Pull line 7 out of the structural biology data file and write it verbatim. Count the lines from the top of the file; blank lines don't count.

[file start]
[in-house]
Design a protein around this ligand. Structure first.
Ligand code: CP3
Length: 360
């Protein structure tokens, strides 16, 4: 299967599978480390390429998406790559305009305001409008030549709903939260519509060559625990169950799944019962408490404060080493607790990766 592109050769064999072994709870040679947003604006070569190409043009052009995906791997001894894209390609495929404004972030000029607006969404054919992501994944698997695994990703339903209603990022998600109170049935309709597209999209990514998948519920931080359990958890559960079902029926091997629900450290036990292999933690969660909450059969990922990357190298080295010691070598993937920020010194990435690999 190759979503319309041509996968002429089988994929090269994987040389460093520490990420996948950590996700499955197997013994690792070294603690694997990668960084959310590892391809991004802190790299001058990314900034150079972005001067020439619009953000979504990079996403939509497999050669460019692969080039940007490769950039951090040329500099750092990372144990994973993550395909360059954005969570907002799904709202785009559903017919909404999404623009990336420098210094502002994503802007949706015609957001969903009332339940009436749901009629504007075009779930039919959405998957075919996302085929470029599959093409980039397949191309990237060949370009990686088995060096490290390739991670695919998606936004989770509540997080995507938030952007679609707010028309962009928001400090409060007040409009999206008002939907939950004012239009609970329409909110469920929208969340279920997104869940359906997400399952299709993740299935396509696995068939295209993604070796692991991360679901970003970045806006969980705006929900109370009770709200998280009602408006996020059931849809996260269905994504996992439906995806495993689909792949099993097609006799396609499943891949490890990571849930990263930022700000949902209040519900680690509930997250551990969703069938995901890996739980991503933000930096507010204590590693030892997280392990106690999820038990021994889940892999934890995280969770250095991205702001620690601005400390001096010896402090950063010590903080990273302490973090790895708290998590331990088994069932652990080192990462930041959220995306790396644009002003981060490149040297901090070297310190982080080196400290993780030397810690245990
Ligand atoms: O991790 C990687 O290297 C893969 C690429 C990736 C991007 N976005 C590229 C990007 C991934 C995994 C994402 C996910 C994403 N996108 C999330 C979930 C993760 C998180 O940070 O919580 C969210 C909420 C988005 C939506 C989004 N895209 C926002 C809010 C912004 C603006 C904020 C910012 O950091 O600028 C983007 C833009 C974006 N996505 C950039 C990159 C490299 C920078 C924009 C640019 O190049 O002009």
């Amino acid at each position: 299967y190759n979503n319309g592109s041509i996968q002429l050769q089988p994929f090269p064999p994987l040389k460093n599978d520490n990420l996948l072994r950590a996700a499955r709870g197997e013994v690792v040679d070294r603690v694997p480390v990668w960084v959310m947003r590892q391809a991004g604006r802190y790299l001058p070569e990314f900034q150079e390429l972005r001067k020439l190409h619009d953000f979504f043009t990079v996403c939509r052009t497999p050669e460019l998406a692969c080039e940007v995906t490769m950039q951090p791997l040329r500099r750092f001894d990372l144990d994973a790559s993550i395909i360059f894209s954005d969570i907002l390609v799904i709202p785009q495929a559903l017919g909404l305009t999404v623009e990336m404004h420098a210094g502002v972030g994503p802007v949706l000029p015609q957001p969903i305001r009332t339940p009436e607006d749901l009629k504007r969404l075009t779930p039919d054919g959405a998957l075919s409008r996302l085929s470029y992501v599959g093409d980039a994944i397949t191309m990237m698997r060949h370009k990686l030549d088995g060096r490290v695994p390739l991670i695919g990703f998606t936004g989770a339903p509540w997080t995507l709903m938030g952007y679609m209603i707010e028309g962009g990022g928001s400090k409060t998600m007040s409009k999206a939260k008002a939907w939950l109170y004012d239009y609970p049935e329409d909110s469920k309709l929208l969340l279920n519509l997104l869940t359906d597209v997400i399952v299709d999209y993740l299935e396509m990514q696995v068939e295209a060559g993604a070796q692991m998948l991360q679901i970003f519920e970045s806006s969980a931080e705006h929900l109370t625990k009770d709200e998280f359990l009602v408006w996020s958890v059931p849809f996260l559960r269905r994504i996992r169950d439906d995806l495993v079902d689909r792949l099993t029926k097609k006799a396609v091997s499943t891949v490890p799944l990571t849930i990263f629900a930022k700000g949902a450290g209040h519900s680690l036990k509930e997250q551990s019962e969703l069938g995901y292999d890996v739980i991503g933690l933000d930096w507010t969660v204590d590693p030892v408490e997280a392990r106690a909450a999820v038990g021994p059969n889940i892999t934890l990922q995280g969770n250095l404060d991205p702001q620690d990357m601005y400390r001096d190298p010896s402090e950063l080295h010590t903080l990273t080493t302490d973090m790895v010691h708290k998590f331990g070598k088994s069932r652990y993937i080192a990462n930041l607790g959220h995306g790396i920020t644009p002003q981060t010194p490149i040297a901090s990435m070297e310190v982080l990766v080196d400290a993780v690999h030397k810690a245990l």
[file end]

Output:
């Amino acid at each position: 299967y190759n979503n319309g592109s041509i996968q002429l050769q089988p994929f090269p064999p994987l040389k460093n599978d520490n990420l996948l072994r950590a996700a499955r709870g197997e013994v690792v040679d070294r603690v694997p480390v990668w960084v959310m947003r590892q391809a991004g604006r802190y790299l001058p070569e990314f900034q150079e390429l972005r001067k020439l190409h619009d953000f979504f043009t990079v996403c939509r052009t497999p050669e460019l998406a692969c080039e940007v995906t490769m950039q951090p791997l040329r500099r750092f001894d990372l144990d994973a790559s993550i395909i360059f894209s954005d969570i907002l390609v799904i709202p785009q495929a559903l017919g909404l305009t999404v623009e990336m404004h420098a210094g502002v972030g994503p802007v949706l000029p015609q957001p969903i305001r009332t339940p009436e607006d749901l009629k504007r969404l075009t779930p039919d054919g959405a998957l075919s409008r996302l085929s470029y992501v599959g093409d980039a994944i397949t191309m990237m698997r060949h370009k990686l030549d088995g060096r490290v695994p390739l991670i695919g990703f998606t936004g989770a339903p509540w997080t995507l709903m938030g952007y679609m209603i707010e028309g962009g990022g928001s400090k409060t998600m007040s409009k999206a939260k008002a939907w939950l109170y004012d239009y609970p049935e329409d909110s469920k309709l929208l969340l279920n519509l997104l869940t359906d597209v997400i399952v299709d999209y993740l299935e396509m990514q696995v068939e295209a060559g993604a070796q692991m998948l991360q679901i970003f519920e970045s806006s969980a931080e705006h929900l109370t625990k009770d709200e998280f359990l009602v408006w996020s958890v059931p849809f996260l559960r269905r994504i996992r169950d439906d995806l495993v079902d689909r792949l099993t029926k097609k006799a396609v091997s499943t891949v490890p799944l990571t849930i990263f629900a930022k700000g949902a450290g209040h519900s680690l036990k509930e997250q551990s019962e969703l069938g995901y292999d890996v739980i991503g933690l933000d930096w507010t969660v204590d590693p030892v408490e997280a392990r106690a909450a999820v038990g021994p059969n889940i892999t934890l990922q995280g969770n250095l404060d991205p702001q620690d990357m601005y400390r001096d190298p010896s402090e950063l080295h010590t903080l990273t080493t302490d973090m790895v010691h708290k998590f331990g070598k088994s069932r652990y993937i080192a990462n930041l607790g959220h995306g790396i920020t644009p002003q981060t010194p490149i040297a901090s990435m070297e310190v982080l990766v080196d400290a993780v690999h030397k810690a245990l």